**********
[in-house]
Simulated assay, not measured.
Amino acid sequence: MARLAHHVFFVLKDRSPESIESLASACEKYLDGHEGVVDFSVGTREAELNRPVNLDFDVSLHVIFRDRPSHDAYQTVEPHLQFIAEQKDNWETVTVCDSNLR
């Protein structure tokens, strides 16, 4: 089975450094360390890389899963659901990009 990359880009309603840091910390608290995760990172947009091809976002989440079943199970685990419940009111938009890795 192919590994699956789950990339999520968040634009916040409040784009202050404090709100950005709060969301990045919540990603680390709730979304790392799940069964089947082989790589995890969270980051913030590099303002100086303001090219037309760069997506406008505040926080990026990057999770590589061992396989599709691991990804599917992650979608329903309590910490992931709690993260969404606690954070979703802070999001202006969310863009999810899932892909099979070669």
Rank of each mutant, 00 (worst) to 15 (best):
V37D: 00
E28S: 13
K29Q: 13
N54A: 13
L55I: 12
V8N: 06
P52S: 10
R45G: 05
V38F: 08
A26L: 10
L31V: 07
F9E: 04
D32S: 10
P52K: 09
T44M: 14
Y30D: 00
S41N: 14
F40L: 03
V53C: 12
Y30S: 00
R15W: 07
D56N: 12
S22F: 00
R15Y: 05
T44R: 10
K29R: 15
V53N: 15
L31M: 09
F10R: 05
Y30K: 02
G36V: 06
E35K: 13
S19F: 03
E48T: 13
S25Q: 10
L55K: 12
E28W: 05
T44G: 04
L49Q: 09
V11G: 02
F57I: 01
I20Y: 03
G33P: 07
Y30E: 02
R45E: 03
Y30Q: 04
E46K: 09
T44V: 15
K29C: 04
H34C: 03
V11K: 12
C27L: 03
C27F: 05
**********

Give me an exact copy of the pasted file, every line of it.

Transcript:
[in-house]
Simulated assay, not measured.
Amino acid sequence: MARLAHHVFFVLKDRSPESIESLASACEKYLDGHEGVVDFSVGTREAELNRPVNLDFDVSLHVIFRDRPSHDAYQTVEPHLQFIAEQKDNWETVTVCDSNLR
């Protein structure tokens, strides 16, 4: 089975450094360390890389899963659901990009 990359880009309603840091910390608290995760990172947009091809976002989440079943199970685990419940009111938009890795 192919590994699956789950990339999520968040634009916040409040784009202050404090709100950005709060969301990045919540990603680390709730979304790392799940069964089947082989790589995890969270980051913030590099303002100086303001090219037309760069997506406008505040926080990026990057999770590589061992396989599709691991990804599917992650979608329903309590910490992931709690993260969404606690954070979703802070999001202006969310863009999810899932892909099979070669």
Rank of each mutant, 00 (worst) to 15 (best):
V37D: 00
E28S: 13
K29Q: 13
N54A: 13
L55I: 12
V8N: 06
P52S: 10
R45G: 05
V38F: 08
A26L: 10
L31V: 07
F9E: 04
D32S: 10
P52K: 09
T44M: 14
Y30D: 00
S41N: 14
F40L: 03
V53C: 12
Y30S: 00
R15W: 07
D56N: 12
S22F: 00
R15Y: 05
T44R: 10
K29R: 15
V53N: 15
L31M: 09
F10R: 05
Y30K: 02
G36V: 06
E35K: 13
S19F: 03
E48T: 13
S25Q: 10
L55K: 12
E28W: 05
T44G: 04
L49Q: 09
V11G: 02
F57I: 01
I20Y: 03
G33P: 07
Y30E: 02
R45E: 03
Y30Q: 04
E46K: 09
T44V: 15
K29C: 04
H34C: 03
V11K: 12
C27L: 03
C27F: 05